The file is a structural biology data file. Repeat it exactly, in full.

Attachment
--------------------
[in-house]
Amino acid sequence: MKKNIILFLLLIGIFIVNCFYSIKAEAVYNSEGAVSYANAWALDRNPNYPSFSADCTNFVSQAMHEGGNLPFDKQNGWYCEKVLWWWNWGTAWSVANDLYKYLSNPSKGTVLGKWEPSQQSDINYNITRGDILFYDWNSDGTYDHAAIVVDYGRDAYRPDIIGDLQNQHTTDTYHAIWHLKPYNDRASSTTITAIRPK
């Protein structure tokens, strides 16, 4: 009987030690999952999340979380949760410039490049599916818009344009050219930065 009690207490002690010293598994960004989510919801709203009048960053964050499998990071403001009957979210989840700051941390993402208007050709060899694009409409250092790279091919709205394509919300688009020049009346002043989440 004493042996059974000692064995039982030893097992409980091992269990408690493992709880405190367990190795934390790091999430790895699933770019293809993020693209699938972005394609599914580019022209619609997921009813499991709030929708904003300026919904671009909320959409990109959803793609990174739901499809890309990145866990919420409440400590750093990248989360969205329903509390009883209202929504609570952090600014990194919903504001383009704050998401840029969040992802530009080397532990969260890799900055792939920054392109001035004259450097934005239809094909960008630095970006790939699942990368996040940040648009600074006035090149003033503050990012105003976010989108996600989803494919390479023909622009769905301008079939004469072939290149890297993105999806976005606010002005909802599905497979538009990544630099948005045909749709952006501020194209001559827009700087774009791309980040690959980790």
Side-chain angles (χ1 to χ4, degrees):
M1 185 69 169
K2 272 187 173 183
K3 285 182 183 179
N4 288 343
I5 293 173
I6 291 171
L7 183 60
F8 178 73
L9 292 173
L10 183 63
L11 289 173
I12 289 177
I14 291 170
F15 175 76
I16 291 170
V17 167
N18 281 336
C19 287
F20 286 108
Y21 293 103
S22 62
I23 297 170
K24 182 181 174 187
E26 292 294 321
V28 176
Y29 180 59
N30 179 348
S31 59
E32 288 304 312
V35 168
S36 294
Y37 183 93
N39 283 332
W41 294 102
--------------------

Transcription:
[in-house]
Amino acid sequence: MKKNIILFLLLIGIFIVNCFYSIKAEAVYNSEGAVSYANAWALDRNPNYPSFSADCTNFVSQAMHEGGNLPFDKQNGWYCEKVLWWWNWGTAWSVANDLYKYLSNPSKGTVLGKWEPSQQSDINYNITRGDILFYDWNSDGTYDHAAIVVDYGRDAYRPDIIGDLQNQHTTDTYHAIWHLKPYNDRASSTTITAIRPK
């Protein structure tokens, strides 16, 4: 009987030690999952999340979380949760410039490049599916818009344009050219930065 009690207490002690010293598994960004989510919801709203009048960053964050499998990071403001009957979210989840700051941390993402208007050709060899694009409409250092790279091919709205394509919300688009020049009346002043989440 004493042996059974000692064995039982030893097992409980091992269990408690493992709880405190367990190795934390790091999430790895699933770019293809993020693209699938972005394609599914580019022209619609997921009813499991709030929708904003300026919904671009909320959409990109959803793609990174739901499809890309990145866990919420409440400590750093990248989360969205329903509390009883209202929504609570952090600014990194919903504001383009704050998401840029969040992802530009080397532990969260890799900055792939920054392109001035004259450097934005239809094909960008630095970006790939699942990368996040940040648009600074006035090149003033503050990012105003976010989108996600989803494919390479023909622009769905301008079939004469072939290149890297993105999806976005606010002005909802599905497979538009990544630099948005045909749709952006501020194209001559827009700087774009791309980040690959980790």
Side-chain angles (χ1 to χ4, degrees):
M1 185 69 169
K2 272 187 173 183
K3 285 182 183 179
N4 288 343
I5 293 173
I6 291 171
L7 183 60
F8 178 73
L9 292 173
L10 183 63
L11 289 173
I12 289 177
I14 291 170
F15 175 76
I16 291 170
V17 167
N18 281 336
C19 287
F20 286 108
Y21 293 103
S22 62
I23 297 170
K24 182 181 174 187
E26 292 294 321
V28 176
Y29 180 59
N30 179 348
S31 59
E32 288 304 312
V35 168
S36 294
Y37 183 93
N39 283 332
W41 294 102